A specter is haunting Japanese snackfoods—the specter of dried pickled plums.
When you want a snack in Japan, traditionally what you eat is a thing called an onigiri, a lightly salted ball of rice. Though not as international famous as sushi or pocky, the onigiri is—as much as a foodstuff can be—ubiquitous in Japanese culture. You see them in anime. You see them in Japanese movies. You read about them in Japanese books. They’re like the Japanese equivalent of the potato chip, the go-to starchy snack.
Onigiri, however, aren’t just rice—that would be too bland even for Japan—but rice is either stuffed or wrapped with a secondary ingredient or two to add flavor . One of the things some people like to stuff an onigiri with is umeboshi. An umeboshi is a Japanese salt plum (which is really more like an apricot than a plum) that’s been dried in the sun and then pickled. They’re extremely sour. They’re extremely salty. A lot of Japanese people really love them both as a delicacy on their own and as an onigiri stuffer.
Popular as umeboshi are, salt plums aren’t a widely cultivated fruit in Japan. In much of the country the climate, population density, and geography just isn’t amenable to orchard-based agriculture. Most the plums that are grown come from one place, the area around the small town of Minabe in Wakayama prefecture.
In Minabe, life revolves around these plums. The economy is based on plums. There are plum festivals. There is Plum Bureau in the city government whose sole job it is to promote plums and plum-related products throughout Japan. The town mascot is even a damn anthropomorphic plum.
Plum consumption, however, is declining in Japan. In the last decade, the number of salt plums eaten by the average Japanese person has dropped by 25%. Like dropping oil prices send Russia into panic, this fact has caused a great deal of trepidation in the halls of Minabe’s government. So much fear, in fact, that last month, according to the Japan-watchers at Tofugu, Minabe’s city councilors unanimously passed an ordinance that made anyone making an onigiri within the city limits legally obligated to include umeboshi. If you stuff your onigiri with merely salmon or seaweed or squid or some other pickled fruit that isn’t a plum, you are breaking the law. You are a criminal. You are an enemy of the people of Minabe.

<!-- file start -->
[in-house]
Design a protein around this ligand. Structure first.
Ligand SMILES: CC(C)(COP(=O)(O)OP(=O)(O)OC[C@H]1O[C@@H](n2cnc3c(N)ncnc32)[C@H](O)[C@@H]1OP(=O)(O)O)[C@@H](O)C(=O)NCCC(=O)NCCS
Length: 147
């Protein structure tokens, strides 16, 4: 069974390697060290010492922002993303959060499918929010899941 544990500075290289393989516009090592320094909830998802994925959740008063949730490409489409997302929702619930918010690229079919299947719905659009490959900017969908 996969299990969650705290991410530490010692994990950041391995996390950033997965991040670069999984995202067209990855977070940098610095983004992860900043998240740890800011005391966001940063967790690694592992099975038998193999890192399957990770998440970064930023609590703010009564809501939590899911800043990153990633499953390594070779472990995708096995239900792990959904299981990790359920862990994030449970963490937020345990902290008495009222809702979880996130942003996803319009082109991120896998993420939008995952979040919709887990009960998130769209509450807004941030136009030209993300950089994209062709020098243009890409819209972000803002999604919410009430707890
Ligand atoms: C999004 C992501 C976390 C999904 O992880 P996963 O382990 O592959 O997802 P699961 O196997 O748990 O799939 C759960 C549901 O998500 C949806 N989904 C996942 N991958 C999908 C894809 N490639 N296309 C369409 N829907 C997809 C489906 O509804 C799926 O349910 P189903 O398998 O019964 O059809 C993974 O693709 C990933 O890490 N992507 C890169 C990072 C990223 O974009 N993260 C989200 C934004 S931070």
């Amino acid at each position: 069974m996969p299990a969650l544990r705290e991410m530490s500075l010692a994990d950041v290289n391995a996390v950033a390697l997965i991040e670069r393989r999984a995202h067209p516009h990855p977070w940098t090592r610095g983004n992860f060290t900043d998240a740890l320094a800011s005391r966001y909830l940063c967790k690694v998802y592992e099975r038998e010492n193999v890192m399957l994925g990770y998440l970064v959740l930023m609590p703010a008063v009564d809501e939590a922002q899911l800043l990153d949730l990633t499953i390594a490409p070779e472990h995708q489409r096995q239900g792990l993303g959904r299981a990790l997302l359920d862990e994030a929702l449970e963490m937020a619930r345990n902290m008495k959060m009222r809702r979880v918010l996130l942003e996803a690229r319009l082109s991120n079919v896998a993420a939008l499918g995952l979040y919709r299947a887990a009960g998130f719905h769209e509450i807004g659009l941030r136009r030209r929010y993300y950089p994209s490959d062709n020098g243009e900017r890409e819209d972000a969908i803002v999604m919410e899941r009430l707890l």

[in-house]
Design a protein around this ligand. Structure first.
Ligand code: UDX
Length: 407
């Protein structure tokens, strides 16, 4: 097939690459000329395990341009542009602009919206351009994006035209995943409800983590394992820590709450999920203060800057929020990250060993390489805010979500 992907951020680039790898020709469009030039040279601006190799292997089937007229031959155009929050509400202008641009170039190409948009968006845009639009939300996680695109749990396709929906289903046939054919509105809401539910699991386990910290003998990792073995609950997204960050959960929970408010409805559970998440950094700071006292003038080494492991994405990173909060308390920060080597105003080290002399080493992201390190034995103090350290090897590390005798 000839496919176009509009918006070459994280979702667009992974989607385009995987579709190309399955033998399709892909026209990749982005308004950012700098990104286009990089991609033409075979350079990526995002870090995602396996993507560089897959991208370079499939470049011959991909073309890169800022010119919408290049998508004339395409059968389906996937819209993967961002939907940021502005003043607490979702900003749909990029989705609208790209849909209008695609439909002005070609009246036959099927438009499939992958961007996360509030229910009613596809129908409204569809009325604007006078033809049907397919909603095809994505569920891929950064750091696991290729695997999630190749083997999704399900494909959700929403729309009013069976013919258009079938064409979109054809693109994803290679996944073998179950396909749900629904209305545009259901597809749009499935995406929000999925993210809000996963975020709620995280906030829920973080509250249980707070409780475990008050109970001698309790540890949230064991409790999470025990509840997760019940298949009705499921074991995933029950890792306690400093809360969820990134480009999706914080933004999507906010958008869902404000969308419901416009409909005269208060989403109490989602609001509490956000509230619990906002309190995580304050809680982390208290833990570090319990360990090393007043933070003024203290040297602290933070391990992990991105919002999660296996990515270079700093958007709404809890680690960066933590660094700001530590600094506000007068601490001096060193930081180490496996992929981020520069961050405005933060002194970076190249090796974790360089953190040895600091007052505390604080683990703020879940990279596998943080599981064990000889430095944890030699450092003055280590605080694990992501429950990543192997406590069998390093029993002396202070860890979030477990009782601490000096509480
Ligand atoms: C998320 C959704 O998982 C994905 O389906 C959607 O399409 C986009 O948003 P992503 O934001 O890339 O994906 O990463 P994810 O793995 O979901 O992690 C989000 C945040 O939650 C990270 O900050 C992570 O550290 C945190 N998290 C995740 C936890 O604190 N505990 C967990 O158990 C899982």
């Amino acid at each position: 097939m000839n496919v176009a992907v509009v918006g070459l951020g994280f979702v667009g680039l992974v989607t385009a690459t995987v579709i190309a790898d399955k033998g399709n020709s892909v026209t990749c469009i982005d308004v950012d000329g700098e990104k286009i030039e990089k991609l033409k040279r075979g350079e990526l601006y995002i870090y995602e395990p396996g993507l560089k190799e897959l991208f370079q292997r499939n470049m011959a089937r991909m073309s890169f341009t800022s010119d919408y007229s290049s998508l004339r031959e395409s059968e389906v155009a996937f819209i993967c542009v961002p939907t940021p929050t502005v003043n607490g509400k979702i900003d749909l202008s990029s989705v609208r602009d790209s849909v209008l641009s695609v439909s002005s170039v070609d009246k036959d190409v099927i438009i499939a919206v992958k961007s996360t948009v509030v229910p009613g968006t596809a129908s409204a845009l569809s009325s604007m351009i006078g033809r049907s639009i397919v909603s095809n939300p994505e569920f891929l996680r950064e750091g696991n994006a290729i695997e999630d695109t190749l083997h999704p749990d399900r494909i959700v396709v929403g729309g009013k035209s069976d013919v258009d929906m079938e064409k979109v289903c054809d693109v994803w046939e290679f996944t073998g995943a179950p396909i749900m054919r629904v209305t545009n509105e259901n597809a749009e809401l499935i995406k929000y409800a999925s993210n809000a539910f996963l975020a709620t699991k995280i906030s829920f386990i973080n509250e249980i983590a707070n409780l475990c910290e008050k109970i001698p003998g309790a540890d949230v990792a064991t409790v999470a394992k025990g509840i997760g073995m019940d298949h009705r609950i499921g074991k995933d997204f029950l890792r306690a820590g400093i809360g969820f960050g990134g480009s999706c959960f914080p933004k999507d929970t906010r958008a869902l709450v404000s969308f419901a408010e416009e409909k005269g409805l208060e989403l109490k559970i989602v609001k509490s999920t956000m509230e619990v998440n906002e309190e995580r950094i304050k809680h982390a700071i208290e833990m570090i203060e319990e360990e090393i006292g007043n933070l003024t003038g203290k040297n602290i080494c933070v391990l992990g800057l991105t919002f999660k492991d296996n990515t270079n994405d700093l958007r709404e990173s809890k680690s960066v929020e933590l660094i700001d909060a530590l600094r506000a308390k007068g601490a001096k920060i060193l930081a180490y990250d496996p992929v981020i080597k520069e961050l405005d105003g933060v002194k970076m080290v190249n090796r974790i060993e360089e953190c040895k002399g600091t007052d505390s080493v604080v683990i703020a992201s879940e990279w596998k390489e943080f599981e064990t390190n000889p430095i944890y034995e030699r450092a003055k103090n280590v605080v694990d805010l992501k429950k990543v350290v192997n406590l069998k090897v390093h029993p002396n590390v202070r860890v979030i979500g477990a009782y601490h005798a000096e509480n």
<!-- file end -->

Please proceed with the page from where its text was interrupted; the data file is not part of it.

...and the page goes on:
The idea, apparently, is that this law—sort of like Yukio Mishima’s post-putsch hara-kiri—will demonstrate how serious the people of Minabe are about umeboshi and therefore make umeboshi more popular throughout Japan because, of course, the Japanese are suckers for fascism so long as it’s butt-clenchingly sincere.
How much ground this plum fascism is going to gain them at present, however, remains to be seen. When confronted by Japanese journalists about whether the law was maybe crossing some boundaries, the bureaucrats behind it swore up and down that even though it was a crime to make an onigiri without umeboshi, the law didn’t include any punishments for violators. You could, they claimed, make your onigiri with anything you wanted. Your criminality would merely be spiritual.
One wonders though if that sort of appeasement can last. If sincerity is the key to saving the plum orchards, surely merely scowling at people eating non-umeboshi onigiri won’t be enough to sway the hearts of onigiri makers. Surely they will demand more. Surely they will demand sacrifice. Surely the people of Minabe will have to go to further lengths to prove the #WholeheartedSincerity of their loyalty to the plum.
As ever, we end with a humanist prayer:
“Some people have a foolish way of not minding, or pretending not to mind, what they eat. For my part, I mind my belly very studiously, and very carefully; for I look upon it, that he who does not mind his belly will hardly mind anything else.”
~Samuel Johnson, may he give us the strength to mind what we eat and the wisdom not to mind what others eat.
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